Vision ensures outserts match product

High-volume printing house relies on off-the-shelf vision sensors and software teamed with customized sorting system for pharmaceutical application.

Jul 1st, 2007
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High-volume printing house relies on off-the-shelf vision sensors and software teamed with customized sorting system for pharmaceutical application.

By David Lieberman, Contributing Editor

The US Food and Drug Administration (FDA) requires drug companies to attach two outserts to medicine bottles: one for the pharmacist and one for the patient. Printing-house MiniGraphics must ensure that it delivers the right outserts in the right combination to its pharmaceutical customers, and it relies on a vision subsystem from Automated Design Solutions (ADS) to achieve that goal. “Without machine vision we couldn’t control the quality of our outgoing products,” says Stephen DeLise, MiniGraphics president. “We wouldn’t have confidence that our customers are receiving the right parts.”

The specialized packaging machine MiniGraphics uses for this application is tailored to deal with matched pairs of pharmaceutical outserts, which are typically 8 × 11-in. paper documents folded down to about 1 × 1 in. That machine, the TwinSerter from MGS Machine, is 8 ft long with no integrated inspection subsystem. MGS does offer an optional barcode inspection subsystem, but MiniGraphics is obliged by its customer to use Data Matrix code.


Invented by RVSI Acuity CiMatrix (now part of Siemens Energy and Automation), a Data Matrix label can contain considerable redundancy. It can be encoded with patterns that assist in successful image capture and has room for error detection and correction codes. The requirement for crisp, high-contrast printing that accompanies 1-D barcodes is relaxed for Data Matrix codes, which still function after damage or missing ink. “If you take one bar off a barcode, you can’t read anything,” says Walter Kot, president of ADS, “but you can chop off a quarter of a Data Matrix code and you can still read it.”

Data Matrix also removes the orientation issue from the scanning process. “If the barcode reads left to right, the scanner has to be in that orientation,” says DeLise, “and if it’s a vertical, ladder type, the scanner configuration has to change to read that. In contrast, a Data Matrix code can be read at 360˚, with any orientation, as long as it’s within the field of vision. It will even work with code on something like a spinning bottle going down the line,” continues DeLise.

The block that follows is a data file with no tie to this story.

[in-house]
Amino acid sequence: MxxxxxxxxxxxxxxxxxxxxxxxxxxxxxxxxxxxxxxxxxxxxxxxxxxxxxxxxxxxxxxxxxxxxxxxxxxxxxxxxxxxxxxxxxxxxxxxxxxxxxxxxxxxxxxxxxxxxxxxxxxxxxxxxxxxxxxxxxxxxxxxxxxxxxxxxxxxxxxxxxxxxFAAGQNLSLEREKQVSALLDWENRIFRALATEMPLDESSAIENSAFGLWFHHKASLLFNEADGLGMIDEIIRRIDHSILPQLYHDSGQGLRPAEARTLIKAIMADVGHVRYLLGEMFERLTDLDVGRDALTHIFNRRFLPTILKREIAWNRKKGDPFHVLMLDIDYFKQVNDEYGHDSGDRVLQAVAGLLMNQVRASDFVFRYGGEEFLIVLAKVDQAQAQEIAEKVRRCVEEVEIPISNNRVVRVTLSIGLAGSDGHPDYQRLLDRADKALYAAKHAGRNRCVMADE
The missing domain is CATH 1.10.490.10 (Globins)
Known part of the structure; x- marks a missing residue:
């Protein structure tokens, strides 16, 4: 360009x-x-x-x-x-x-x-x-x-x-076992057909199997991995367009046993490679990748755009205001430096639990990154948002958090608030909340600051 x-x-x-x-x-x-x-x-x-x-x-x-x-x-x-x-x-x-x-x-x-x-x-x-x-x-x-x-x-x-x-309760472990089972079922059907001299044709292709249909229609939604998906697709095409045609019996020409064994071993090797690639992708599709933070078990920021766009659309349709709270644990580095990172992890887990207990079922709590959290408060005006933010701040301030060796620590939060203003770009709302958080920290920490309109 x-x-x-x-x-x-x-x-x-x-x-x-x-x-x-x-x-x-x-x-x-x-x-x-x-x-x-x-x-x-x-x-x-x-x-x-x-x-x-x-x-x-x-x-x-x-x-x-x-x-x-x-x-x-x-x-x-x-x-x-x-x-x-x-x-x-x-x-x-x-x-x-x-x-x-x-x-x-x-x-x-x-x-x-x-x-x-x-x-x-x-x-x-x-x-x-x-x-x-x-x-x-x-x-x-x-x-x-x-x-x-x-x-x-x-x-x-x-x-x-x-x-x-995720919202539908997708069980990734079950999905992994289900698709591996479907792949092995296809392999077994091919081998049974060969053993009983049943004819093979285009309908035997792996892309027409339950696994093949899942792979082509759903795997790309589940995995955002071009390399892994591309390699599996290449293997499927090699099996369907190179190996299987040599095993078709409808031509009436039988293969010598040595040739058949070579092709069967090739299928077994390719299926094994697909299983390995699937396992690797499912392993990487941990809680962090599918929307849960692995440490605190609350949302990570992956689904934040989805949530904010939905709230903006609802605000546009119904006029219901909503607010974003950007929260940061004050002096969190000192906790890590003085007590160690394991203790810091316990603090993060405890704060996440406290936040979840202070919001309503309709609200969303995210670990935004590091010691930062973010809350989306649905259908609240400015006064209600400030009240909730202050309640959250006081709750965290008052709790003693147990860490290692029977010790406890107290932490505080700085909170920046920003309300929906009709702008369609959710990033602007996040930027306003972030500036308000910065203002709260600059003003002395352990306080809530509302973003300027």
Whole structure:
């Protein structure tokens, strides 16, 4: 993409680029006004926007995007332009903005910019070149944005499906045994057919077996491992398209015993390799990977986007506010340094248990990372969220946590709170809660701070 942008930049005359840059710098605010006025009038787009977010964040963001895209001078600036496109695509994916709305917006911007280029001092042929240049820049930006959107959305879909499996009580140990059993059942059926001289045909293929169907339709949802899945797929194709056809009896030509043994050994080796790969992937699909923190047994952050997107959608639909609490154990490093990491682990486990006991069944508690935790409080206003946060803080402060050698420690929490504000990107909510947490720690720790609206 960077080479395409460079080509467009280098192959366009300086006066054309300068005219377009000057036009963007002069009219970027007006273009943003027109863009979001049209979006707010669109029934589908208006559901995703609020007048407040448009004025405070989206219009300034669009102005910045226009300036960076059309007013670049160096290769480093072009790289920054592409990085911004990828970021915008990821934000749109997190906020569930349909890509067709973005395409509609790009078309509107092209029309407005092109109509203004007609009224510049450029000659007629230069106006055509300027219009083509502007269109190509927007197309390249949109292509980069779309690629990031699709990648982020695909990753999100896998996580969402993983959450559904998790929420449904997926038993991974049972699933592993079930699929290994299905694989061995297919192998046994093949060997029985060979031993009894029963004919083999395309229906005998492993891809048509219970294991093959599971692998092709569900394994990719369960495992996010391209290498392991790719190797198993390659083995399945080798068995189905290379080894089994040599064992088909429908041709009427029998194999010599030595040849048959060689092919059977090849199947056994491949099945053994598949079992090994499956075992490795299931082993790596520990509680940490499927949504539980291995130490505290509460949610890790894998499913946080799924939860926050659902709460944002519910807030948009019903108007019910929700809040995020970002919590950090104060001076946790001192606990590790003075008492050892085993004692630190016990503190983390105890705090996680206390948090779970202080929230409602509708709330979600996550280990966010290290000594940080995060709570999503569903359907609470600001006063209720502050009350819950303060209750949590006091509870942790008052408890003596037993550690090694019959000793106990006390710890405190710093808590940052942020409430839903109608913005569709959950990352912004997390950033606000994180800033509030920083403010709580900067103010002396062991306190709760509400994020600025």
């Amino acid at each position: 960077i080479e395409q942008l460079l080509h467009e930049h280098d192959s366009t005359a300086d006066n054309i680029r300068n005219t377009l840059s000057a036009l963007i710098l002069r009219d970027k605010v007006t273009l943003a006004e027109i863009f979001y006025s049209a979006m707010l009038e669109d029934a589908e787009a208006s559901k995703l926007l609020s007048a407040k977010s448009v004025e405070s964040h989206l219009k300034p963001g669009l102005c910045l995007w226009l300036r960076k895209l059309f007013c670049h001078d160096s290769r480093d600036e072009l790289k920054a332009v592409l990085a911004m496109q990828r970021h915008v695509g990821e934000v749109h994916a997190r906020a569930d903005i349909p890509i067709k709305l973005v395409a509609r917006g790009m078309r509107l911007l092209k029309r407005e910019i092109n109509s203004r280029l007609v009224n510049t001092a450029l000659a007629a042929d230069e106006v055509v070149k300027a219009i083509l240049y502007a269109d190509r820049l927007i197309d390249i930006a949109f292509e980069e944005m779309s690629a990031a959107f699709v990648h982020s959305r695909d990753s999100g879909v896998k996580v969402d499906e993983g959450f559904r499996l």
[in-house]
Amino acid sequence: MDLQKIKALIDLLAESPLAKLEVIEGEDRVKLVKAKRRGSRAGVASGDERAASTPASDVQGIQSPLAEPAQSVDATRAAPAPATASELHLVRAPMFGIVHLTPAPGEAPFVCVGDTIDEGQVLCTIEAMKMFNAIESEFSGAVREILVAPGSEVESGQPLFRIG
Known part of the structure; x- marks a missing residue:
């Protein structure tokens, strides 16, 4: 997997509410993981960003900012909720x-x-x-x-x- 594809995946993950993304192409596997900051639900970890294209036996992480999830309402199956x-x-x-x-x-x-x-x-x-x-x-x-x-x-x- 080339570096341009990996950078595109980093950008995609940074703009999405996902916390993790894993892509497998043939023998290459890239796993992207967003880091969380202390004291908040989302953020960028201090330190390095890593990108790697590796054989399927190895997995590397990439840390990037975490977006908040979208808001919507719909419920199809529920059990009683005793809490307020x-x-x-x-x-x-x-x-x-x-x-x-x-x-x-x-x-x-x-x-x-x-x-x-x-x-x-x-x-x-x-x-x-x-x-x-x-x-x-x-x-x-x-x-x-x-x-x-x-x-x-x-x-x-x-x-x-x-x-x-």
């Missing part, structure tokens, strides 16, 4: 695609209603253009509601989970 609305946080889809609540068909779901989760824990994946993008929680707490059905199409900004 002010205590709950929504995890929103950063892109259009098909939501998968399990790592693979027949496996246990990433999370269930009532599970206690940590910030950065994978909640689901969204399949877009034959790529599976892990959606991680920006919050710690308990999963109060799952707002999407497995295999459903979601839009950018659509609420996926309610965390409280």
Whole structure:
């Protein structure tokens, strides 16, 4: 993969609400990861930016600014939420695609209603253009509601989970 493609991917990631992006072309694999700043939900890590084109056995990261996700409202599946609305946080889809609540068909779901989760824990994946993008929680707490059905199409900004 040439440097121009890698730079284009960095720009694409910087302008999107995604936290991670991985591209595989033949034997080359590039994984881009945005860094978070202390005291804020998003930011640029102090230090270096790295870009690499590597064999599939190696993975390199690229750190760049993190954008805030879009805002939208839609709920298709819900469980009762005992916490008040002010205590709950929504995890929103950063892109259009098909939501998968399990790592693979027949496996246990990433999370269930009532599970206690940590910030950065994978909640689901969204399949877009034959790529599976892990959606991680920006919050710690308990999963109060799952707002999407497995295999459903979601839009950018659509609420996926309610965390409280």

The TwinSerter is a pick-and-place machine with a glue station for combining two pharmaceutical outserts-known as Part A for pharmacists and Part B (the “medical guide”) for patients. The two documents are stacked in the two separate document feeders of the TwinSerter. A companion four-arm rotary carousel is paired with each feeder to perform the pick-and-place operation on the gravity-fed documents (see Fig. 1).

FIGURE 1. TwinSerter combines outserts for the pharmacist and patient, creating the complete pharmaceutical literature package mandated by the FDA. Document feeders rise up on the right at a 120˚ angle. The outserts move from left to right.
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Each of the four arms, which are placed at 90˚ increments around the carousel, contains a rotating bar with a vacuum tip that picks up and drops off pieces of literature when a vacuum suction is applied and released. After picking up an outsert, the bar is rotated to place it on a conveyor belt, which contains an 8-ft-long lugged chain with disappearing flights.

After being dropped off by the first carousel, Part A passes through the machine’s adhesive section, which deposits a small amount of light glue onto the top of the form. When the carousel on the right drops Part B, it does so precisely on top of Part A, and the two pass through a “squeeze slot” in tandem to be glued together. Then they continue on to the end of the conveyor belt to become part of an output stack.


Integrating vision into the TwinSerter was straightforward, says Kot, although there were space constraints. “We couldn’t do everything we wanted with the camera and lighting,” he says, “but we knew the space we had to deal with and so designed our system around the MGS machine.”

FIGURE 2. Cognex cameras in the ADS vision subsystem capture the code on an outsert while it is transferred from a stack of outserts to a conveyor belt.
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The vision subsystem added to the TwinSerter by ADS has a dual-camera design, pairing one camera with each of the two feeder/carousel combinations. In each section, a camera is placed within the arc of rotation of the carousel so outserts can be inspected between pickup and dropoff (see Fig. 2). The pick-and-place bars on the rotating carousel rotate to bring the Data Matrix code on an outsert into the camera’s field of view for inspection before the outsert is dropped off onto the conveyor (see Fig. 3).